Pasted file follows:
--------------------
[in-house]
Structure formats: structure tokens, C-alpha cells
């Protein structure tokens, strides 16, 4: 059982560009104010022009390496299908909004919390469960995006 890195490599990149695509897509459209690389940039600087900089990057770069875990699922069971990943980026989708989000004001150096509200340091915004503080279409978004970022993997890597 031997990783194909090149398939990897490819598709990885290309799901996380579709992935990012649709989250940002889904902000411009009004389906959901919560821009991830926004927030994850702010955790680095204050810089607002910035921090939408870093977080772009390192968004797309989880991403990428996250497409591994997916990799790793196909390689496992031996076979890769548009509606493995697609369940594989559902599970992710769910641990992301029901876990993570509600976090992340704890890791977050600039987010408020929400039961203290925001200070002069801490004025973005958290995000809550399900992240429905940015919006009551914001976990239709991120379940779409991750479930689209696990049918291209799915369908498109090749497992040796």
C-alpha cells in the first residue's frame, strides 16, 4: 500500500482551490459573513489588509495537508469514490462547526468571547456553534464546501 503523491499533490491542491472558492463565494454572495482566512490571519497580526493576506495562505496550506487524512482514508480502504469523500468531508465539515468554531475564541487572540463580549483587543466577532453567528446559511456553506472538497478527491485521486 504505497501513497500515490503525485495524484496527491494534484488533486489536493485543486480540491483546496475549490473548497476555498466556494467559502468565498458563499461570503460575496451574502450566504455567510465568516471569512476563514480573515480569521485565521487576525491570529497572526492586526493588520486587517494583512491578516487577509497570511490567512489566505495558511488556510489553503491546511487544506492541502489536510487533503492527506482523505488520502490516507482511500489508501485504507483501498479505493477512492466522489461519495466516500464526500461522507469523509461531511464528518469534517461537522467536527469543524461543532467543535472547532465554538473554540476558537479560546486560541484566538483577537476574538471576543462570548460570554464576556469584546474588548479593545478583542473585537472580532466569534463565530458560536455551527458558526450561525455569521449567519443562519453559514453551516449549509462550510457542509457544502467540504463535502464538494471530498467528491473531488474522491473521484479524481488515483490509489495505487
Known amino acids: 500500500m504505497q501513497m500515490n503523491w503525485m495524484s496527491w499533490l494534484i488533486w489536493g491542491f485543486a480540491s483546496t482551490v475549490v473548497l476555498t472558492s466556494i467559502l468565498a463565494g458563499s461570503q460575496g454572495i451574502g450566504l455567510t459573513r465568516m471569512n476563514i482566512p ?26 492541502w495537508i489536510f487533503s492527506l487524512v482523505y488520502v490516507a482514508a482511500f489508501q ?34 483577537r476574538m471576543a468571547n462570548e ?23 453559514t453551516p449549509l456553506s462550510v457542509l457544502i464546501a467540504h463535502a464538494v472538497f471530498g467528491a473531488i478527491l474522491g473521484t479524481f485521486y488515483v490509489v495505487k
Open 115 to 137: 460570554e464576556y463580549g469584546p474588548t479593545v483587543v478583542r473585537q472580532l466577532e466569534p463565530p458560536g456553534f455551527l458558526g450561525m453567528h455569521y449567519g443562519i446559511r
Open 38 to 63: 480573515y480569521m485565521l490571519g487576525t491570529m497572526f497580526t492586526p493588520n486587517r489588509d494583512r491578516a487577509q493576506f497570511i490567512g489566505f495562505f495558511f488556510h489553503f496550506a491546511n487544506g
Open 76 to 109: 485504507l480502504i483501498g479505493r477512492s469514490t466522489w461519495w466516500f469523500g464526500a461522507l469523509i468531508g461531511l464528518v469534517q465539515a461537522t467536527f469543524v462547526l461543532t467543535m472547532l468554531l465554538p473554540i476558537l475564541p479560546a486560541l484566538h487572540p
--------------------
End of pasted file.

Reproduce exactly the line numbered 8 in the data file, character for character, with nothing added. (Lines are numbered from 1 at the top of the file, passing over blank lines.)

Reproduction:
Open 76 to 109: 485504507l480502504i483501498g479505493r477512492s469514490t466522489w461519495w466516500f469523500g464526500a461522507l469523509i468531508g461531511l464528518v469534517q465539515a461537522t467536527f469543524v462547526l461543532t467543535m472547532l468554531l465554538p473554540i476558537l475564541p479560546a486560541l484566538h487572540p